uniQure offloads 5th of staff, half of R&D projects to keep gene therapies in clinic into 2027

UniQure is losing a fifth of its employees—including its chief scientific officer—as well half of its R&D projects in a bid to claw back enough money to keep its planned gene therapy trials running into 2027.

The “strategic restructuring” will see “multiple undisclosed programs” shut down, along with potential Parkinson’s disease therapy AMT-210. The one-time AAV gene therapy was designed to reduce the amount of misfolded alpha-synuclein protein in the brain, but the drug never made it into the clinic and has been notably absent from the company’s recent earnings reports.

A total of 114 positions—accounting for 20% of the company’s total workforce—will be laid off, although the biotech was keen to emphasize that this won’t impact staff involved in the manufacturing of the hemophilia B dug Hemgenix for its partner CSL Behring.

Instead, uniQure will close a research lab in its U.S. hometown of Lexington, Mass., as well as consolidate its GMP manufacturing into a facility in the same area while focusing on process and analytical development at its Amsterdam facility in the Netherlands.

The biotech is now focusing on gene therapy programs that are already in the clinic or are en route. Chief among them is AMT-130, which is in phase 1/2 studies in both the U.S. and Europe for Huntington’s disease. The therapy hasn’t had a smooth ride so far, with safety signals prompting a pause in dosing for two groups in the European trial, while investors appeared to take fright at an interim readout from the U.S. study in June despite the company itself lauding the results as showing that AMT-130 was generally well tolerated.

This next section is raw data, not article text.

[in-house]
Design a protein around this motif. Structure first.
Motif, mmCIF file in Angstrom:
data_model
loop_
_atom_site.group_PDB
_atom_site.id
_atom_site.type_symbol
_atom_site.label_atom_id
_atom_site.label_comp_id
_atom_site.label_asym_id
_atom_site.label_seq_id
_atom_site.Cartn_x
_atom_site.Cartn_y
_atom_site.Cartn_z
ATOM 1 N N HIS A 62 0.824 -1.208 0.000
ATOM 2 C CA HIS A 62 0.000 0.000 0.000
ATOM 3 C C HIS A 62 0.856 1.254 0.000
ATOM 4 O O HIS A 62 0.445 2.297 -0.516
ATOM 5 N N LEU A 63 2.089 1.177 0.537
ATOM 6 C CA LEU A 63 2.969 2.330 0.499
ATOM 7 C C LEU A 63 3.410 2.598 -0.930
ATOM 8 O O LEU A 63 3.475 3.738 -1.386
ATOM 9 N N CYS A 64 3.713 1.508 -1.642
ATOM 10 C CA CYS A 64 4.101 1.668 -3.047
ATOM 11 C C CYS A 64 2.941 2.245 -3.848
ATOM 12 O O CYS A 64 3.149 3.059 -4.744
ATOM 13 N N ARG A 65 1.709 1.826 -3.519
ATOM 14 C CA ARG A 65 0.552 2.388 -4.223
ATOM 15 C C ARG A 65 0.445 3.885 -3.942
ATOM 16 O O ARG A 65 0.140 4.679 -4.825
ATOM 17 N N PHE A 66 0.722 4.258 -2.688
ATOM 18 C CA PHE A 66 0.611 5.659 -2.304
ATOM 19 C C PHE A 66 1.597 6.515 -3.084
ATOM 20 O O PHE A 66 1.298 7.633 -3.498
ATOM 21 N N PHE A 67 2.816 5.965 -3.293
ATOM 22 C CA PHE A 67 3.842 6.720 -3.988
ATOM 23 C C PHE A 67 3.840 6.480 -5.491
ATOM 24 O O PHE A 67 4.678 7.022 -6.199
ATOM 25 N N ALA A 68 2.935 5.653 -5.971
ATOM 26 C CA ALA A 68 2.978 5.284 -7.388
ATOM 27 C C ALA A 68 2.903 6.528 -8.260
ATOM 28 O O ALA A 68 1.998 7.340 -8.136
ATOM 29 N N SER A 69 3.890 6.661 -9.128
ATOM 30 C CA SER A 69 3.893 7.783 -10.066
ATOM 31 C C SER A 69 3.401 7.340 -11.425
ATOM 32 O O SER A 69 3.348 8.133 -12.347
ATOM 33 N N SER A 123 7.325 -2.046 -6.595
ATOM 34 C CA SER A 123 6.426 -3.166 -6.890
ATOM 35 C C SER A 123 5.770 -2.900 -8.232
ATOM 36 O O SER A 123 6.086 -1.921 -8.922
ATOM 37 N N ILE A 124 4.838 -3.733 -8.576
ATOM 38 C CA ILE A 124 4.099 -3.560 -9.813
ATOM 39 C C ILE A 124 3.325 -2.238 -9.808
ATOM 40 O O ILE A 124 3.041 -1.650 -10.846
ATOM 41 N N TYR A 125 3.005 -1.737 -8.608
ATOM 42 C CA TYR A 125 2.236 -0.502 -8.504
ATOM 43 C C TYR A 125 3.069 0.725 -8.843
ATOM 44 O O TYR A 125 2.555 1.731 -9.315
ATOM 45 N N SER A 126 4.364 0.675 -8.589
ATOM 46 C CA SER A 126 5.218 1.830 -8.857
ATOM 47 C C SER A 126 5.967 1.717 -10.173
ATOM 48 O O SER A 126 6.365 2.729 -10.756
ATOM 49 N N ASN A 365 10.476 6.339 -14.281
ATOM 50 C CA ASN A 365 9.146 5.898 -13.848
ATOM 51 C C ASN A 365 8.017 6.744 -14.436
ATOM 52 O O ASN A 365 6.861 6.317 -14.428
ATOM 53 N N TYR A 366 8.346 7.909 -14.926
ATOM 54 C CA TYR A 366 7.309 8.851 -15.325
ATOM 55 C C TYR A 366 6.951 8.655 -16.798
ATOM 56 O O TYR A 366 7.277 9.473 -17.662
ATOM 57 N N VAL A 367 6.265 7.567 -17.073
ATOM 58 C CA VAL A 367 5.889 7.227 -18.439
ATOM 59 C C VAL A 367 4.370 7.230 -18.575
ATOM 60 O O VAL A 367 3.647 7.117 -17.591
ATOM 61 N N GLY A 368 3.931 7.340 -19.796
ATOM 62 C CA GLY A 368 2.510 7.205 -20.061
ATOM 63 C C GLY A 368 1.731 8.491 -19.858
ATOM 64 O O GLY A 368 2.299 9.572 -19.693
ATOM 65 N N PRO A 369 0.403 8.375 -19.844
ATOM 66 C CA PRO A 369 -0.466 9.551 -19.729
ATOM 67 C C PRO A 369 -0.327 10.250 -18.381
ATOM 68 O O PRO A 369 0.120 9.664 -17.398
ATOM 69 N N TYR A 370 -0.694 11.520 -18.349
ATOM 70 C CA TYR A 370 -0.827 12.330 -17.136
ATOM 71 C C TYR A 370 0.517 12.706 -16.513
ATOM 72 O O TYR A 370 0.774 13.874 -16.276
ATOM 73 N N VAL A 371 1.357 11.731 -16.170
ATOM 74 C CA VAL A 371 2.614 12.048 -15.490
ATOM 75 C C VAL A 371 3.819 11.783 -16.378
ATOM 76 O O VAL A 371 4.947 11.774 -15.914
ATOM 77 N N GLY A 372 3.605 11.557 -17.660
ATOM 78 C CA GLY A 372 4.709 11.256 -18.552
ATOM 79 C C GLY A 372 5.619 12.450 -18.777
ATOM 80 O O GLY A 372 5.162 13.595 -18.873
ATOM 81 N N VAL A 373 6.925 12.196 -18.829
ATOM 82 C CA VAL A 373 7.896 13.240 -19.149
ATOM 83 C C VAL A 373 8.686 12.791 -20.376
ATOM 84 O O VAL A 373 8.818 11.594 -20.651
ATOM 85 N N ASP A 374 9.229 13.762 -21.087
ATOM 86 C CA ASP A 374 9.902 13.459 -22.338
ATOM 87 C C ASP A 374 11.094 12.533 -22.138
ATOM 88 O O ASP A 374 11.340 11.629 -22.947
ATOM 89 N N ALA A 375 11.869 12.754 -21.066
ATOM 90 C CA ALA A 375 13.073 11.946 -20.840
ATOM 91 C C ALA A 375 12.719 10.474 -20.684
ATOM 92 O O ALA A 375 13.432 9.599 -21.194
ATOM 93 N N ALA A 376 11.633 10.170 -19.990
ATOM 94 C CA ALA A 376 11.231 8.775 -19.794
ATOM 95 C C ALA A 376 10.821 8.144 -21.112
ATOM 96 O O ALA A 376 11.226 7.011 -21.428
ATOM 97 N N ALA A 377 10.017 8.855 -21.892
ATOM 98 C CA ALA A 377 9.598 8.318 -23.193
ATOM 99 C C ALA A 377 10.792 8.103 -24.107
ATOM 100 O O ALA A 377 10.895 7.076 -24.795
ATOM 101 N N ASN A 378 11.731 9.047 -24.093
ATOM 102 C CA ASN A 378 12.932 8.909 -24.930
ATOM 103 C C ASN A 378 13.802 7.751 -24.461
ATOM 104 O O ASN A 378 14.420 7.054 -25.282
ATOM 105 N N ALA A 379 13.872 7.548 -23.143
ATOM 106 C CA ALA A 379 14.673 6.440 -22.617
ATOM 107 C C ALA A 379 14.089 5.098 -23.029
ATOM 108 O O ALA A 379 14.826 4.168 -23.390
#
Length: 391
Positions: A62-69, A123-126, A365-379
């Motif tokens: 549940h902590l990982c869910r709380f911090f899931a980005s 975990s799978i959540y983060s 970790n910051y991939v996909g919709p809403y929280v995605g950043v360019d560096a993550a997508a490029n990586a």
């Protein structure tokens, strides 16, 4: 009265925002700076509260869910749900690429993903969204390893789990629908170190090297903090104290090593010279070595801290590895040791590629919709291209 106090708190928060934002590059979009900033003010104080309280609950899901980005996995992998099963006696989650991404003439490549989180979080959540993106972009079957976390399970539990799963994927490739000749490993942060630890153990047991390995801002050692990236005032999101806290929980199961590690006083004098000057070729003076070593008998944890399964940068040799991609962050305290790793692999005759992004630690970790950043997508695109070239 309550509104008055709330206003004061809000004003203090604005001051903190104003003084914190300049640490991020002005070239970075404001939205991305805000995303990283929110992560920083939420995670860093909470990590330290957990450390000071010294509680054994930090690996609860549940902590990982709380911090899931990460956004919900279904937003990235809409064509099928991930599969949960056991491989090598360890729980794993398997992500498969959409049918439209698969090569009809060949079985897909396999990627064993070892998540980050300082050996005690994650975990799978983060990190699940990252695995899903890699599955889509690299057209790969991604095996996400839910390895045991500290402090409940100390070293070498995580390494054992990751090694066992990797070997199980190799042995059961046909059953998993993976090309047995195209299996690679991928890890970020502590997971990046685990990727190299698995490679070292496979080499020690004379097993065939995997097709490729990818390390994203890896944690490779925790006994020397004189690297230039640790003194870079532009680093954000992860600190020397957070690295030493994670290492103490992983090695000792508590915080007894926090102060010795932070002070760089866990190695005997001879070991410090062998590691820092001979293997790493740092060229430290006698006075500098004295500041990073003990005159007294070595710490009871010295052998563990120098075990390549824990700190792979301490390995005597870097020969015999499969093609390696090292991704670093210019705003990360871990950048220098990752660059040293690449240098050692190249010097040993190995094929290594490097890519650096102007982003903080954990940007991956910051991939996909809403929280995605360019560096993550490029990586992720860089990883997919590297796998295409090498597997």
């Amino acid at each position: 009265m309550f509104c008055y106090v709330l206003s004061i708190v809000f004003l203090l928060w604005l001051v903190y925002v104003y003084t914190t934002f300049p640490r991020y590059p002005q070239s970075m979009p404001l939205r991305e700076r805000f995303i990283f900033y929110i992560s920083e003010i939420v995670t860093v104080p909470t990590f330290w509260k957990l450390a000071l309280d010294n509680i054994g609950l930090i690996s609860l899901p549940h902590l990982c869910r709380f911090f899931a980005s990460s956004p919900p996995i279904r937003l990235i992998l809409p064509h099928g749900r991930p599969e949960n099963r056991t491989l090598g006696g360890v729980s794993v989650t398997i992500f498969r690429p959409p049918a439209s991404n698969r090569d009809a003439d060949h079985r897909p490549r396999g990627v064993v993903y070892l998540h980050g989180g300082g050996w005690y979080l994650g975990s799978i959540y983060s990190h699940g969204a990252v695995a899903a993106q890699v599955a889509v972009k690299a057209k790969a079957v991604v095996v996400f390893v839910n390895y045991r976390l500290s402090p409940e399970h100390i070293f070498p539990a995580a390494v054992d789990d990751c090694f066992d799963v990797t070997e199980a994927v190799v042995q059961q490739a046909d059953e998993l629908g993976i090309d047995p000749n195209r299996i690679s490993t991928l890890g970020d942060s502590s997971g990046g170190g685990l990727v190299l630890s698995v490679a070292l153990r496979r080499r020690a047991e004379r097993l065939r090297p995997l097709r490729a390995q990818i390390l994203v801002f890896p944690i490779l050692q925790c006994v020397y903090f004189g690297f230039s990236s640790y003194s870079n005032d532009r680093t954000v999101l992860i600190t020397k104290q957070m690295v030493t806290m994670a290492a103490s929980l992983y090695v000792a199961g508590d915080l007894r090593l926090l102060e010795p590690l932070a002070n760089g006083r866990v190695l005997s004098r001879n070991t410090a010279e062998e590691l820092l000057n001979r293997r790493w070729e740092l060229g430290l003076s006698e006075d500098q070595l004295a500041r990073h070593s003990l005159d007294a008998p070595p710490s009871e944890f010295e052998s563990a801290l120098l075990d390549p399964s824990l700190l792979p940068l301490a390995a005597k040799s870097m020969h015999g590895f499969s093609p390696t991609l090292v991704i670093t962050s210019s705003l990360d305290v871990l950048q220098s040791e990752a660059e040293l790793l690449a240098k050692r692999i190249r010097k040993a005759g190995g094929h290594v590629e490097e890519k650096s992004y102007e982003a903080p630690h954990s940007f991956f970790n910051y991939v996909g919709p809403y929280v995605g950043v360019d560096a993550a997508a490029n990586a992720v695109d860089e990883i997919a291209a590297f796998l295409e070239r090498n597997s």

Early-stage trials of two other assets are due to start dosing patients in early 2024—namely AMT-260 in refractory mesial temporal lobe epilepsy, and AMT-162 in amyotrophic lateral sclerosis. The company will also persevere with AMT-191, for which it plans to secure FDA permission later this year to start a trial in Fabry disease.

“Following an extensive review, we plan to discontinue more than half our research and technology projects and focus our R&D efforts on programs that leverage our CNS and liver-targeted gene therapy expertise, have the potential for expedited clinical proof of concept, and have attractive risk-value profiles,” CEO Matt Kapusta explained in the Oct. 5 release.

“We remain fully committed to carefully managing costs, prudently allocating capital, rigorously assessing our clinical development priorities as new data emerges, and thoughtfully evaluating strategies that can enhance value for shareholders,” Kapusta added.

The “significant reduction in research activities” means that Chief Scientific Officer Ricardo Dolmetsch, Ph.D., is now surplus, although he will be retained as a scientific consultant until the end of the year. In his place will step Richard Porter, Ph.D., who will take on the combined role of chief business and scientific officer. Porter joined uniQure through its acquisition in 2021 of Corlieve Therapeutics, where he was CEO.

The combined changes are expected to save around $180 million over the next three years, funding operations to the second quarter of 2027. At the end of June, uniQure had $628.6 million in the bank, with an extra $100 million since handed over by CSL Behring as a milestone payment.

CSL Behring and uniQure secured approval of Hemgenix in November. The treatment is not only the first gene therapy approved for hemophilia B but also the most expensive drug in the U.S., sporting an eye-popping price tag of $3.5 million per dose.